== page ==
Through the years, automotive designers have created concept or dream cars that were essentially three-dimensional renderings of vehicles and concepts of what the future may hold. Some were whimsical and some were lightly disguised versions of future production cars, but all have an interesting story.
The ninth annual Art of the Car Concours will feature 18 mid-century concept/dream cars as part of the display of 200 classic cars, pedal cars, trucks, motorcycles and special-interest vehicles that will be shown from 10 a.m. to 4 p.m. on June 28 at the Kansas City Art Institute. General admission is $20 and children under 16 are free. For online purchases or other ticket information, check the artofthecarconcours.com website.
Vehicles from 15 states will grace the institute grounds at 4415 Warwick Blvd., Kansas City. The fact that there are no vehicle classes or formal judging makes Art of the Car unique among major national concours. The event, founded by Marshall V. Miller and operated by a huge cast of volunteers, is a benefit for KCAI’s scholarship fund. Last year’s donation was $185,000.
Some of the more interesting vehicles are:
▪ In the 1940s, General Motors created 12 huge Futurliner buses for the company’s Parade of Progress tours. Bus No. 10 that has been inducted into the National Historic Register will be on the show field.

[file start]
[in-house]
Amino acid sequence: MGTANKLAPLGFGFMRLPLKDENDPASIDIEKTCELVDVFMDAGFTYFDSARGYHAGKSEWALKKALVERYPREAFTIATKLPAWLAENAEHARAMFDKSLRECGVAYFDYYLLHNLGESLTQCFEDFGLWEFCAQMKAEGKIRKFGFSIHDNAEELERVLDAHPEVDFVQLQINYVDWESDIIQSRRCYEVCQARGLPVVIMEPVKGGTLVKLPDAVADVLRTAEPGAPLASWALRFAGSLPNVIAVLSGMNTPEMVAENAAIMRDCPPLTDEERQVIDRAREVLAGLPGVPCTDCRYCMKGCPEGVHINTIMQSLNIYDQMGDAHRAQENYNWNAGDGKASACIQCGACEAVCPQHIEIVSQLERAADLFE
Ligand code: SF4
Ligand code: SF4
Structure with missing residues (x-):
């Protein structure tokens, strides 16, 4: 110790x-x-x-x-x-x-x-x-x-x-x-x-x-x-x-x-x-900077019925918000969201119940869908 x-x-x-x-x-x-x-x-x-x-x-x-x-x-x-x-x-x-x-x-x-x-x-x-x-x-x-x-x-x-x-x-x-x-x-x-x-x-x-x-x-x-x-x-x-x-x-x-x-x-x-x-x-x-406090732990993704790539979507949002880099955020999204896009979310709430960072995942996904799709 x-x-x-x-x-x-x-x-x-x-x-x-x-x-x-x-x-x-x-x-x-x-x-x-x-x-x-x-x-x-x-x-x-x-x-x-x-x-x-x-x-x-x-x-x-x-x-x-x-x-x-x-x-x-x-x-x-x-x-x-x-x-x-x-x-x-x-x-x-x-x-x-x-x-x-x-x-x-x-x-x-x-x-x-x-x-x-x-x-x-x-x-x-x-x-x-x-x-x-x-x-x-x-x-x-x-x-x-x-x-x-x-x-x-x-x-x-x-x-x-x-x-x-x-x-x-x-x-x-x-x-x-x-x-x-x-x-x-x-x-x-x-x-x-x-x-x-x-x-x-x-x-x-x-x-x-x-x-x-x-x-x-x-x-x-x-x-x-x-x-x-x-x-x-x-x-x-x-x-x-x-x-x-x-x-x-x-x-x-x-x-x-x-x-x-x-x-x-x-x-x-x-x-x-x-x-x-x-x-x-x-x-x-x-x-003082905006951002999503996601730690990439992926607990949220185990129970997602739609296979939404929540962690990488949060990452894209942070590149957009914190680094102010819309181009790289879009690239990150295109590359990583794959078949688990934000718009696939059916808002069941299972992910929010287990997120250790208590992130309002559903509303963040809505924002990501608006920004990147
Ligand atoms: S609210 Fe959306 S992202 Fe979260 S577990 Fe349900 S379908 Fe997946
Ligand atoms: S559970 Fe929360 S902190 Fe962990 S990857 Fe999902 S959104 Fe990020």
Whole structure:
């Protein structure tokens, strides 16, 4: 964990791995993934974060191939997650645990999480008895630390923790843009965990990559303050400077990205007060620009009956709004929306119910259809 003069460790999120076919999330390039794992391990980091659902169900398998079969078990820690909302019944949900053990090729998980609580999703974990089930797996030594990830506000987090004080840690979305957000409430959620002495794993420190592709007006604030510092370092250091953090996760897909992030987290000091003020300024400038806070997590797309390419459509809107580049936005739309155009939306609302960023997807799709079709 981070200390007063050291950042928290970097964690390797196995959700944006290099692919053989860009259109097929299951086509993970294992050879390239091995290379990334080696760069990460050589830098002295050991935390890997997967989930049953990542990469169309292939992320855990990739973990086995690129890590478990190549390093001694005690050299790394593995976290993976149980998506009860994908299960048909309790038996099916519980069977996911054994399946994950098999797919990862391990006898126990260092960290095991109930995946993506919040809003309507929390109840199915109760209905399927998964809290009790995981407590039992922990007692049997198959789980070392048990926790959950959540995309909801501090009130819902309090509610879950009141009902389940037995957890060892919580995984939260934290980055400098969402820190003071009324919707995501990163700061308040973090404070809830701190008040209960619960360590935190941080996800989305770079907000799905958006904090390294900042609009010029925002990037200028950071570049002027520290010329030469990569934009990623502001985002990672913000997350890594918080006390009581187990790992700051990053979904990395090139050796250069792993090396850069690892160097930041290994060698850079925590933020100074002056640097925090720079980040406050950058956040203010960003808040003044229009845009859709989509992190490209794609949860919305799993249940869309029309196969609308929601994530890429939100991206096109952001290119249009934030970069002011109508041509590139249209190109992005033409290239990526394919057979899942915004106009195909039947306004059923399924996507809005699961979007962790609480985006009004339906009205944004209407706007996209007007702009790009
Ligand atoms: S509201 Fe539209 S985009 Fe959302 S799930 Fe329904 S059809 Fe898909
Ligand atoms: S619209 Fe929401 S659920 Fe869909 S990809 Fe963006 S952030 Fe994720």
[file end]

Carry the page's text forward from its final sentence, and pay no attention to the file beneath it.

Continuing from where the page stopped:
▪ New Jersey collector Ralph Marano is bringing four Packard concept cars. One of the most notable is the two-seat Panther, designed in response to the Ford Thunderbird and Chevrolet Corvette.
▪ The rear-engine Aerovette concept, with gull-wing doors and a 400-cubic-inch Corvette V-8 tucked under its sleek tail, was originally slated for production in 1980 but was cancelled at the last minute. The GM Heritage Center is sending three other vehicles, and Buick will display the 2016 Cascada convertible.
▪ The 1960 Pinin Farina X car, currently owned by Mark Hyman of St. Louis, reflects an attempt at streamlining that was more like an airplane than a car. It has one wheel in front and one in the rear, with two on the side for stability.
▪ The Ghia Ford Brezza was one of the first cars completely designed by a woman, Marilena Corvasce. Ghia is an Italian coachbuilder, and the car never did see production. Other Ford concept cars include the Probe 1, the Ghia Barchetta and the Ghia MiniMax.
▪ Peter Mullin’s 1937 Delahaye 145 V-12 Grand Prix car is known as the “Le Million” because it won a million-franc prize for beating the time of the fastest French Grand Prix in September, 1937. This car beat the German Mercedes-Benz and Audi teams in the first Grand Prix of 1938.
▪ The Chrysler Turbine car, one of two still running, from the Museum of Transportation in St. Louis, will also be on hand.
A few select show cars will be parked in front of Tivol Jewelers on the Plaza from 9 a.m. to noon on Saturday, June 27.
A Meet the Legends panel discussion will be held at 1 p.m. June 27 in Epperson Auditorium at the Kansas City Art Institute. Wayne Carini of the Velocity Channel’s “Chasing Classic Cars” will be joined by collector Ralph Marano and Howard Sullivan, a member of the team that restored the Futurliner. The moderator is noted historian Michael T. Lynch. Admission is $25, and tickets are available at artofthecarconcours.com.
Hagerty Insurance is sponsoring a youth judging for kids 16 and under. Space is limited. Applications are available at artofthecarconcours.com.